About Oliver Burkeman – the Author

Oliver Burkeman has authored many books. For many years he wrote a popular weekly column on psychology called ‘This Column Will Change Your Life’, in the Guardian. His work has featured in the New York Times, Wall Street Journal, and many other publications. His writing revolves around productivity, mortality, and a meaningful life.

Other books by Burkeman are: ‘The Antidote: Happiness for People who Can’t Stand Positive Thinking’ and ‘Help! How to Become Slightly Happier and Get a Bit More Done’. You can get more information about Oliver Burkeman at

Book: Deep Work: Rules for Focused Success in a Distracted World by Cal Newport

TitleDeep Work: Rules for Focused Success in a Distracted World
Author(s)Cal Newport  
Initially PublishedJanuary 2016 (English)
PublisherGrand Central Publishing  
Formats AvailableKindle, Hardcover, Paperback  
NotesAvailable in other languages. i.e., Hindi, Tamil, Marathi, Telugu, etc.

Here is a paragraph from the Introduction of the book:

“The Deep Work Hypothesis: The ability to perform deep work is becoming increasingly rare at exactly the same time it is becoming increasingly valuable in our economy. As a consequence, the few who cultivate this skill, and then make it the core of their working life, will thrive.”

“Deep Work” (a term coined by the author, Cal Newport) is the ability to focus without distraction on a complicated and cognitively demanding activity. Newport explains that this is work that requires attention, concentration and continuity for long periods. It is typically done alone and pushes one’s mental abilities to the limits. Some examples are: working on strategy (product launch, investment), design of complex systems, learning something new, analysis, writing a book, writing complex code.

Newport points out that many people have lost the ability to do deep work – doing multi-tasking and being driven by e-mails and social media, without being conscious of it. People often do deep work while they are in the learning mode, and then coast along with the skills they have assimilated, doing work in a ‘shallow’ manner. They also lose their ability to pick up new skills. Later, when their skills become irrelevant (e.g., due to automation), or their profession is significantly transformed, they are unable to learn new things that require concentration – and hit a crisis – typically in the later part of their lives.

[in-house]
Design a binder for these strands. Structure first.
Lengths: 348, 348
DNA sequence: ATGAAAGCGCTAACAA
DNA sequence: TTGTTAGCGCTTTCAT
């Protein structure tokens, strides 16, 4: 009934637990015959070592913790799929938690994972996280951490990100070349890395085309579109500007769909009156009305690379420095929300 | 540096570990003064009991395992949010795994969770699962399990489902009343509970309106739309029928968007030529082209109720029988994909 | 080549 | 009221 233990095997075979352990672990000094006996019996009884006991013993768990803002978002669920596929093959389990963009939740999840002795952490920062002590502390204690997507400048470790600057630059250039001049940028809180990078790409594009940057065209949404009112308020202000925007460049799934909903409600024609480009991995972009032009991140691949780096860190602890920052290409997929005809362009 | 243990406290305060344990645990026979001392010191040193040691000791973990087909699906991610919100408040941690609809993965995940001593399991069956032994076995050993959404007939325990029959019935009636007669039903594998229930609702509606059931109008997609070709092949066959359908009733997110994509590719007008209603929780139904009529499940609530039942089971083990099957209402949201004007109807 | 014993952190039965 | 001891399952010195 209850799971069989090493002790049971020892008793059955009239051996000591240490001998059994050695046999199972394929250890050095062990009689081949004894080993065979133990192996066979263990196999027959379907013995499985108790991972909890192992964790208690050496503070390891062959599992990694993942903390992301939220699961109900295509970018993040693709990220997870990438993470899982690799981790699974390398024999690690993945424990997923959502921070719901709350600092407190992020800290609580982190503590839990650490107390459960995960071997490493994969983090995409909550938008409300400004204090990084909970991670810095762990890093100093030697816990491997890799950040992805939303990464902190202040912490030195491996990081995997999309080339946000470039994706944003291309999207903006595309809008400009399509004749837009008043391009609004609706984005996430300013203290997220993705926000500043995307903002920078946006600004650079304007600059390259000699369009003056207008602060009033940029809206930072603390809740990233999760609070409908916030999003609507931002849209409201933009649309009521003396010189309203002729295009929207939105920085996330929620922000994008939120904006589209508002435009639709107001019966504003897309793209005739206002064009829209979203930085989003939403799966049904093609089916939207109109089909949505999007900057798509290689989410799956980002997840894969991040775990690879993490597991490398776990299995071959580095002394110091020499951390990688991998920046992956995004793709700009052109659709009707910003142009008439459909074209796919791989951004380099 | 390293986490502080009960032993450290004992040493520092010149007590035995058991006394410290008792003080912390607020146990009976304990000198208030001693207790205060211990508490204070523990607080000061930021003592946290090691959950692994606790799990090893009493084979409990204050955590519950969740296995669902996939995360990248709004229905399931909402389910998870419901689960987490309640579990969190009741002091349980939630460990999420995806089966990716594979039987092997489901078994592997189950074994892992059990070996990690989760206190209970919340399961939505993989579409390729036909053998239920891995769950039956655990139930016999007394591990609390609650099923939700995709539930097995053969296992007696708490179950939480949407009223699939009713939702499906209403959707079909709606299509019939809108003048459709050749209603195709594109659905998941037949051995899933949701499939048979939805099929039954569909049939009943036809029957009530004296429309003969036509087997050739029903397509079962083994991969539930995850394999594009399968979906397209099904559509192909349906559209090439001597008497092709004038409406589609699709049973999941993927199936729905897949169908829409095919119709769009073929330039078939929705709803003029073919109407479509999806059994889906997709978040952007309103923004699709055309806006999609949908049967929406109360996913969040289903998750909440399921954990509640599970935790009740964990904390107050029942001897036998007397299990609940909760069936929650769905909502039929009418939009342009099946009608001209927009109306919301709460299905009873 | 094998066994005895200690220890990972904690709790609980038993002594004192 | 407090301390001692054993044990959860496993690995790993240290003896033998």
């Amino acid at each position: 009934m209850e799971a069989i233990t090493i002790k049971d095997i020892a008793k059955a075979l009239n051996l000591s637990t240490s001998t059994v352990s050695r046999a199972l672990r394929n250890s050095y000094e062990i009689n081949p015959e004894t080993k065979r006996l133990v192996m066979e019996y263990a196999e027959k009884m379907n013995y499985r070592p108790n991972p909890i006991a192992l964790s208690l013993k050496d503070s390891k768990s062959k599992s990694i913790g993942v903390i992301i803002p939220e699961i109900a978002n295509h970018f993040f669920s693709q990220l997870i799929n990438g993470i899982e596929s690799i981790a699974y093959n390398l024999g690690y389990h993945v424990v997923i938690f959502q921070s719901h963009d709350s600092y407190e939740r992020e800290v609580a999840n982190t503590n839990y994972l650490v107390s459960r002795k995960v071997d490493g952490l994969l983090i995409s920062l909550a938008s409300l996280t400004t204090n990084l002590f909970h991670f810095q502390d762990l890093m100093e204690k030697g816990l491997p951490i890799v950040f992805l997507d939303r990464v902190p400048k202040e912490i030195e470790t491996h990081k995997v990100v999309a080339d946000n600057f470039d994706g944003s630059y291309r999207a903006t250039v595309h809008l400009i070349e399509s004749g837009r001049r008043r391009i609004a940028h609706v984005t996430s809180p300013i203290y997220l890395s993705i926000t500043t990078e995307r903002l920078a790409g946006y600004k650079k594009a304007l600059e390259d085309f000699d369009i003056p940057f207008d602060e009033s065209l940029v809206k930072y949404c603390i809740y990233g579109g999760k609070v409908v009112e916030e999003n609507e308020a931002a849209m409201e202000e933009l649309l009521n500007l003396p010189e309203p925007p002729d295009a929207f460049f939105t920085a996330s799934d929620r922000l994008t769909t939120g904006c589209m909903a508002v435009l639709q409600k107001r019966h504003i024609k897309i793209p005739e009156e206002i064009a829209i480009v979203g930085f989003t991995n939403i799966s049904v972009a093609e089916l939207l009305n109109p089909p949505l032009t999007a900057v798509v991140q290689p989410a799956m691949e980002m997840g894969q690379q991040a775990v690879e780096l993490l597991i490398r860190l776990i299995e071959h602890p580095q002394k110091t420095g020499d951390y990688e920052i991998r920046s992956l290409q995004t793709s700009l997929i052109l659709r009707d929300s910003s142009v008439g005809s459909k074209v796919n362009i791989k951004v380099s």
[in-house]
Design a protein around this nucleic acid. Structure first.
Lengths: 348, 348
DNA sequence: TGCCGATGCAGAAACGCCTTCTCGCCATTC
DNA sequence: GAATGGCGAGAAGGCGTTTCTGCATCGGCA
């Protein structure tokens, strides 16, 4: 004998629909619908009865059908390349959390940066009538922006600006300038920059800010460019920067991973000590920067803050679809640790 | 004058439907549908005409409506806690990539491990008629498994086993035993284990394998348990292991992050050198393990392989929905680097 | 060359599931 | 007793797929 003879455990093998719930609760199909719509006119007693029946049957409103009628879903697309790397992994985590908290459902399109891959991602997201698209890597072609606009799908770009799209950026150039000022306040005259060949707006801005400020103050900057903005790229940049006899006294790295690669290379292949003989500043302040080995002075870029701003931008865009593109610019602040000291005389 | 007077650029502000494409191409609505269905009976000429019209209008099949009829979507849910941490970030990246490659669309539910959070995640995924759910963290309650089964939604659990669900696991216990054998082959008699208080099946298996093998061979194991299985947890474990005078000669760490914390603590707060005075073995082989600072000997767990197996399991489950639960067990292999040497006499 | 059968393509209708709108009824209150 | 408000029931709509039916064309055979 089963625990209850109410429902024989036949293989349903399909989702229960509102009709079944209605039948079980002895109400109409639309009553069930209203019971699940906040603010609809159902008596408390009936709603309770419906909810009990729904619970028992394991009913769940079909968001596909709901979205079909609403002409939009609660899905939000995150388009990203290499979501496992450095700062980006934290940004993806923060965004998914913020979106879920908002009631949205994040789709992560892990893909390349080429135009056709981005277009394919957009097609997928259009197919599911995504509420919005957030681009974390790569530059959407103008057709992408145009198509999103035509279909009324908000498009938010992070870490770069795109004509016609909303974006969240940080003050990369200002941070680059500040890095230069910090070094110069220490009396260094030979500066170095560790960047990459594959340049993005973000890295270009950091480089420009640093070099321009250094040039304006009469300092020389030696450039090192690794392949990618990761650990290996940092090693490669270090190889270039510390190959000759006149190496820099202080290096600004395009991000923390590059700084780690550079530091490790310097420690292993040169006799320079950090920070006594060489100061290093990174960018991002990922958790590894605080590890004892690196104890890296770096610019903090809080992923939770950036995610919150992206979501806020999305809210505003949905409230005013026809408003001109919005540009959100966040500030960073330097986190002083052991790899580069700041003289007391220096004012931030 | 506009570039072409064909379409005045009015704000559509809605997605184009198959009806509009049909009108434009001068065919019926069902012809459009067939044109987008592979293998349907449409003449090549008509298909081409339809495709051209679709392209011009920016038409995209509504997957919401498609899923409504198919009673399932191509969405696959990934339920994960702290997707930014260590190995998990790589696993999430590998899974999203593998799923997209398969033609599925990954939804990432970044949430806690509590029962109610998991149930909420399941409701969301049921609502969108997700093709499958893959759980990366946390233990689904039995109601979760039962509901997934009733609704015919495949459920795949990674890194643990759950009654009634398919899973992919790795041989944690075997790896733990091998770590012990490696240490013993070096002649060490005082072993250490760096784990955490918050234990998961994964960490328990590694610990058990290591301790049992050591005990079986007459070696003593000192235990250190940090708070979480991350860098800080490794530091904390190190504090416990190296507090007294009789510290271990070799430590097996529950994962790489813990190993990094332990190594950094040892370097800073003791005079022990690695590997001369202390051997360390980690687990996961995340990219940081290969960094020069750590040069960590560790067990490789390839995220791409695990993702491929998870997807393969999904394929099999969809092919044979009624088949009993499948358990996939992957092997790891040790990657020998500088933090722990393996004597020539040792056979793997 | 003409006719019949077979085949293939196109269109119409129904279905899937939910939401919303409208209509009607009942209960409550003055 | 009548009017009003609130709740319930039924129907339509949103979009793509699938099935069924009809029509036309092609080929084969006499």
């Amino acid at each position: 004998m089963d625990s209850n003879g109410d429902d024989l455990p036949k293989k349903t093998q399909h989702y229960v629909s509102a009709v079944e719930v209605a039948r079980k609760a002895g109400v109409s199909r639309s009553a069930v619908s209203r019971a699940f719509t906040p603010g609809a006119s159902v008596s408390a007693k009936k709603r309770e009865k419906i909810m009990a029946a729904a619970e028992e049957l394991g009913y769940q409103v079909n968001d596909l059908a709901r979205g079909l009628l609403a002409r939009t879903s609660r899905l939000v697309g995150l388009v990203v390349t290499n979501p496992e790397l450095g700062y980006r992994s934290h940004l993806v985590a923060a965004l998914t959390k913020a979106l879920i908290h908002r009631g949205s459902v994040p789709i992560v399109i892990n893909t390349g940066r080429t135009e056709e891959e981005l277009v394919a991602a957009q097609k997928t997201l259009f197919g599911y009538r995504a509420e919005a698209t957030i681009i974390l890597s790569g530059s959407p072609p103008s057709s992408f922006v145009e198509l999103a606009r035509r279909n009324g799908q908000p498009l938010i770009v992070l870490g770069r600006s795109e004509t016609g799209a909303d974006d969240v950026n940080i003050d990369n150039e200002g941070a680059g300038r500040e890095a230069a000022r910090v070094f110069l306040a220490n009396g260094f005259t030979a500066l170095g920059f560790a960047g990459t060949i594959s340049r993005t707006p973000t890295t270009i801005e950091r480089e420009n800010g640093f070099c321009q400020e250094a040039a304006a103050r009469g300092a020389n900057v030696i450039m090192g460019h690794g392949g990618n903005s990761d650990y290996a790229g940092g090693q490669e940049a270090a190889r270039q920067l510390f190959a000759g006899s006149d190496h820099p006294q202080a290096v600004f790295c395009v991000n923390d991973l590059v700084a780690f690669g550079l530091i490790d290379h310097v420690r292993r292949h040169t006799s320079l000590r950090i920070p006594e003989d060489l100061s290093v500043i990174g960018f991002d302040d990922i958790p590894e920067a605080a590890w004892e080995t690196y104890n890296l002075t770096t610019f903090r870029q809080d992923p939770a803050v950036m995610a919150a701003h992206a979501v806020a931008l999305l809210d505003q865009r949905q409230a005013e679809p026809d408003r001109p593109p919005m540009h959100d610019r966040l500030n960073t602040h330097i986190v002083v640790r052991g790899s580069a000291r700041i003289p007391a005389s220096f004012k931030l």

Over the years, I too had gradually lost my ability to do deep work – and I am trying to pick it up again, using the tips listed in the book.

Key Messages for Me

  • Deep work requires deliberate, focussed attention for long, continuous, periods of time (45 – 90 mins) at a stretch without interruptions where we take our mind to its limits, concentrating, and losing ourselves in the activity (the maximum recommended deep work time is 4 hours per day). Deep work is essential to stand out and make contributions in demanding fields. It is also more satisfying than reading-answering emails, chatting on the net, and forwarding jokes on social media.
  • Frequent use of emails, WhatsApp, Twitter, Facebook, etc., along with mobile phones, and networked computers do not let us spend long periods of uninterrupted, focussed thinking and do any cognitively difficult work unless we take deliberate steps to rearrange our time. Many of us have become addicted to social media and such distractions.
  • Doing important work in a scattered way, with frequent interruptions, significantly increases the time to complete it and reduces the quality of the output.
  • Deep work is rare and hard. Shallow work is easy and all-pervasive.
  • Maybe Google search has reduced the capacity of our memory and our cognitive abilities. Because we can always search and retrieve information easily, we no longer have the ability to hold a set of ideas in our mind at the same time – to enable our brain to make new connections.